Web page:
Published Nov. 5, 2015
Inez Tenenbaum, former chairman of the U.S. Consumer Product Safety Commission and state Superintendent of Education, has opened a solo practice in the Vista neighborhood.
The firm – Inez Moore Tenenbaum, LLC, Attorney at Law – will focus its practice in areas such as consumer product safety and risk management, education policy consulting and alternative dispute resolution.
“This allows me to bring my own particular experiences in shaping and navigating state and national public policy to bear upon the challenges facing my clients,” she said.
Appointed by President Barack Obama, Tenenbaum served as chairman of the United States Consumer Product Safety Commission from 2009 to 2013.
When she joined the commission, Tenenbaum confronted “an agency in turmoil and uncertain of its mission to ensure that tens of thousands of products on American store shelves did not present a danger to buyers,” the New York Times reported.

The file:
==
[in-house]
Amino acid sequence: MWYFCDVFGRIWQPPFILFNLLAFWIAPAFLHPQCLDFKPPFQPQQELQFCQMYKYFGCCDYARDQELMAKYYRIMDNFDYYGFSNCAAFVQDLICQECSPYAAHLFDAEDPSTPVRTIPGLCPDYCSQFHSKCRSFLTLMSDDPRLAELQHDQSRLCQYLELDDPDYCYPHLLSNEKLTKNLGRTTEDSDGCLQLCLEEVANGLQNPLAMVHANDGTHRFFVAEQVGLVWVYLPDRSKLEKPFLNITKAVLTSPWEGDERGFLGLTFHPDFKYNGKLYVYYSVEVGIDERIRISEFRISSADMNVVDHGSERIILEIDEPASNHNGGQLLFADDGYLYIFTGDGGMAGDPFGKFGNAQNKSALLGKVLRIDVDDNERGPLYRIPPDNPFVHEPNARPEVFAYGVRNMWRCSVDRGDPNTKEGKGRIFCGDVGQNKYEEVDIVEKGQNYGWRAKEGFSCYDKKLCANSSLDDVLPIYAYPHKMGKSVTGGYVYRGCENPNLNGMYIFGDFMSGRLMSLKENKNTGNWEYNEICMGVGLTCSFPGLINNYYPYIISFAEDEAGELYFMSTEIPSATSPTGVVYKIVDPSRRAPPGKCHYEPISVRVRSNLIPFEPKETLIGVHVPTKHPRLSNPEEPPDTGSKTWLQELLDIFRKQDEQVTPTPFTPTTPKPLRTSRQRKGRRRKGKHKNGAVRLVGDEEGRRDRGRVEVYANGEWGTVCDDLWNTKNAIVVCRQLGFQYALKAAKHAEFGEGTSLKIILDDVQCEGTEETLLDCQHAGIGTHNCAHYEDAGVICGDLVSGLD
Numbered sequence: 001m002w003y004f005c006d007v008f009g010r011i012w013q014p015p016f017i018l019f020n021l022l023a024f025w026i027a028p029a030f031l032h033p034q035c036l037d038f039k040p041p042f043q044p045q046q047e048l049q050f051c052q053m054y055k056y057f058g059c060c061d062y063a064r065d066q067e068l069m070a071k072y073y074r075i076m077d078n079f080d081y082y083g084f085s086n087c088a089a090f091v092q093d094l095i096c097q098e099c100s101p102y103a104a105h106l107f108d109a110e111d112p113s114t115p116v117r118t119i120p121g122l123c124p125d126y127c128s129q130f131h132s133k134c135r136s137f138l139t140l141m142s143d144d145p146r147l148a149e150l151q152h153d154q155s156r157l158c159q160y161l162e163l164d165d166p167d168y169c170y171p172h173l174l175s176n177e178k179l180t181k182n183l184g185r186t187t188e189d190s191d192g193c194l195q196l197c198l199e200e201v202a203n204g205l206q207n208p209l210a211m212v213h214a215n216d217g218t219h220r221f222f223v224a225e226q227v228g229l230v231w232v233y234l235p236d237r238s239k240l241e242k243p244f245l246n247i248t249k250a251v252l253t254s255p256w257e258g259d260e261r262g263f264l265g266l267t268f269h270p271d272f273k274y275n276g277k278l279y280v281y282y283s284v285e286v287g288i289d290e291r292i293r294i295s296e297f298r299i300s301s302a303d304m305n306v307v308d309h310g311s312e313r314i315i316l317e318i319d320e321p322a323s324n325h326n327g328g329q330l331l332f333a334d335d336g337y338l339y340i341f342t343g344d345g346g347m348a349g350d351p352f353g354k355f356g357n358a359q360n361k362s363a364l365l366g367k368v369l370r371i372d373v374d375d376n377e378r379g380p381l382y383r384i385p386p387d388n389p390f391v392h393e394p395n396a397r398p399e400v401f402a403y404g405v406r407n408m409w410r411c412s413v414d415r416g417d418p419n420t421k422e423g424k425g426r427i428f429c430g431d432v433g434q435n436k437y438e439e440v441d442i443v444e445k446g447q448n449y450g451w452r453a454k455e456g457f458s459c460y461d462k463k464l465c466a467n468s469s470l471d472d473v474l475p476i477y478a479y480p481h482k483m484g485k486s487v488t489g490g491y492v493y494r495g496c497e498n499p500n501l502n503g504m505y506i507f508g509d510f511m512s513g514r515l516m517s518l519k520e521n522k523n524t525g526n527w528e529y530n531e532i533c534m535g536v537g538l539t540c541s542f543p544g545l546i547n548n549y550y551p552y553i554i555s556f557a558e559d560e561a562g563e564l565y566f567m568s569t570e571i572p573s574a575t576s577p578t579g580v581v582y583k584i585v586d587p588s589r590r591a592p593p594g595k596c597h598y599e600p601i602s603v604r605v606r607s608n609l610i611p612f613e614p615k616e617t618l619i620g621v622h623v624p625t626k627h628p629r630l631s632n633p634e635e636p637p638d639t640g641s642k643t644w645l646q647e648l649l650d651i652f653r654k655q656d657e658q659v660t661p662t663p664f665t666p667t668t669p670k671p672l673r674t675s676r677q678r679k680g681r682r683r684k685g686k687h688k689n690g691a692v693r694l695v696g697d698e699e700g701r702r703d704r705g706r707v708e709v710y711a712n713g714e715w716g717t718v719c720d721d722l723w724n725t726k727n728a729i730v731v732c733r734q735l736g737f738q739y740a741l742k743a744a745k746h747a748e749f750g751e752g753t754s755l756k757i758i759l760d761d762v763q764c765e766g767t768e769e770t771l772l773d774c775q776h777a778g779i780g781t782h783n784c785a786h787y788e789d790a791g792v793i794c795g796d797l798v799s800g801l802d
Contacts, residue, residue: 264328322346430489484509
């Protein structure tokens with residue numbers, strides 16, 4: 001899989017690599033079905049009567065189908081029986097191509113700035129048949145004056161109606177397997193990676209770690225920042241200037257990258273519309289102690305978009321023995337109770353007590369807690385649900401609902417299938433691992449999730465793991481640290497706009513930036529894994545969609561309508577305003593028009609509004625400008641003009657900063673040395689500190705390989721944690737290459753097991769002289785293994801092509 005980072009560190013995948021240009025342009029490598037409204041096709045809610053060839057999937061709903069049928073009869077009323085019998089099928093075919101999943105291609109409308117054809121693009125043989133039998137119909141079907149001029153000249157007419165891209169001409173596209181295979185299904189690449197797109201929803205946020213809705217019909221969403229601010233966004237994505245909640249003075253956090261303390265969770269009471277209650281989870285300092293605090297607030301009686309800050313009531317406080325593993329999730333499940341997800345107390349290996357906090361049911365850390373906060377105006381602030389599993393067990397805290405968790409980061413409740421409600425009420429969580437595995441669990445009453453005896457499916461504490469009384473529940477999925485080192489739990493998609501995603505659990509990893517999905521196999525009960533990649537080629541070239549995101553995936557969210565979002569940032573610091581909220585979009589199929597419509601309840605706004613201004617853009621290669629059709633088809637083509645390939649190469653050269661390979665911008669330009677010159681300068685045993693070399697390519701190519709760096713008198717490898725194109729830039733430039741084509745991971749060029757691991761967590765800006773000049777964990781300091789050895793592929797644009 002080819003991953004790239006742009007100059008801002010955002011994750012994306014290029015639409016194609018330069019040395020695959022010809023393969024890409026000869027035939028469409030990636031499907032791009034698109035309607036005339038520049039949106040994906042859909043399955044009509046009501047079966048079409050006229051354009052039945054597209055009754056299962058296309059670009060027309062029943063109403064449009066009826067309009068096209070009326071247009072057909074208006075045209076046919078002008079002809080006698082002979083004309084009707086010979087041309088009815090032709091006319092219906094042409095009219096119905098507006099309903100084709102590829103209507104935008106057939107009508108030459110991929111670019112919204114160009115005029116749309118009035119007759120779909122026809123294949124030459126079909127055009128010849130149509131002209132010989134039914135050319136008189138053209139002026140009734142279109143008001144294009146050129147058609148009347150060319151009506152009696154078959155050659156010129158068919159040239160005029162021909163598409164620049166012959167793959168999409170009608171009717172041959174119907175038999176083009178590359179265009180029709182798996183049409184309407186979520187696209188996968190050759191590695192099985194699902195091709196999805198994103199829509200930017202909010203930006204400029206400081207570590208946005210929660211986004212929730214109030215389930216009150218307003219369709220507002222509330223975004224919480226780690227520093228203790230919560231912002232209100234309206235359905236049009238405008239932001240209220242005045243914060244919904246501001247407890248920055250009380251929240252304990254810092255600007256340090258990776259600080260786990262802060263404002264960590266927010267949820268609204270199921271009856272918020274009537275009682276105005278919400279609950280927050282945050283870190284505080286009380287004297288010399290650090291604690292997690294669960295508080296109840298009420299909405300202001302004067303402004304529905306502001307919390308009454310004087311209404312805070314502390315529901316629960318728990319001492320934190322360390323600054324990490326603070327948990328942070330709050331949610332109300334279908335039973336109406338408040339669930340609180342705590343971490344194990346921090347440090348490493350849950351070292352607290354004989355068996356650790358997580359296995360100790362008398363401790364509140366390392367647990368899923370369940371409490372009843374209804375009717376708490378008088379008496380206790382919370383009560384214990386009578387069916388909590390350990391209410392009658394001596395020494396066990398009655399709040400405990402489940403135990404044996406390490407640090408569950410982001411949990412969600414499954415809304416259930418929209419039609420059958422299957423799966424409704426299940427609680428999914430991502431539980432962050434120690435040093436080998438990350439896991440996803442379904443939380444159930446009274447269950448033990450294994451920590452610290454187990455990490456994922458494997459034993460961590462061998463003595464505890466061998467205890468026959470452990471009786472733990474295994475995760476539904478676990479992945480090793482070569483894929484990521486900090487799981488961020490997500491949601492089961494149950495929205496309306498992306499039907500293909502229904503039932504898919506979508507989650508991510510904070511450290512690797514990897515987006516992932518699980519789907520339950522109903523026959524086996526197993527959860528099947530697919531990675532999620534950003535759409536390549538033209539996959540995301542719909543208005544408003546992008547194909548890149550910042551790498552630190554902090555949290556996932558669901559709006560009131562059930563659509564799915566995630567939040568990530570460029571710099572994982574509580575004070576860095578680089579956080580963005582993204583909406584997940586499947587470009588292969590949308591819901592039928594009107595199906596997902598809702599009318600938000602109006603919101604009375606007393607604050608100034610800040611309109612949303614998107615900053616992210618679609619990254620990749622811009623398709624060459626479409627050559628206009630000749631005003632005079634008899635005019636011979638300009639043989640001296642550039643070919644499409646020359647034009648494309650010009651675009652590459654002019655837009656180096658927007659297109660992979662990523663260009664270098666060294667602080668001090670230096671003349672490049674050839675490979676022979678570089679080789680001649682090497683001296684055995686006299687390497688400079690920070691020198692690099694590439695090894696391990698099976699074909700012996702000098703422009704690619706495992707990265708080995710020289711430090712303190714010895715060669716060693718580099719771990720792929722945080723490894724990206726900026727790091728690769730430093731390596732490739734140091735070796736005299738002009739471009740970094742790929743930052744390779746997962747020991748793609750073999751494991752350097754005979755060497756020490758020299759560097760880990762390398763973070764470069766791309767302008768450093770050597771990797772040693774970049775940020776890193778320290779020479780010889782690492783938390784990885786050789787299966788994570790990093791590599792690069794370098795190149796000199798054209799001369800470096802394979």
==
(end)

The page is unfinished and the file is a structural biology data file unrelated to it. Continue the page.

Tenenbaum was credited with exerting the agency’s legal muscle in leveling a record $3.9 million fine against discount retailer Ross for selling defective children’s clothing to tangling with sports officials over providing better helmets to youth football players.
Tenenbaum left the commission in 2013 to become a partner in Nelson Mullins Riley & Scarborough LLP. She left Nelson Mullins this month to open her own firm at 801 Gervais St.
She served as superintendent of education from 1999-2003 and unsuccessfully ran as the Democratic Party nominee for U.S. Senate in 2004, losing to Republican Jim DeMint.
Tenenbaum is certified as a state circuit court mediator and a federal district court mediator for civil cases in South Carolina.
Born in Hawkinsville, Ga., Tenenbaum attended the University of Georgia, where she obtained a bachelor’s degree in 1972 and master of education two years later. She received her law degree from the University of South Carolina in 1986, where she was associate editor-in-chief of South Carolina Law Review.
She and her husband Samuel Tenenbaum live in Lexington County with their dog and four cats.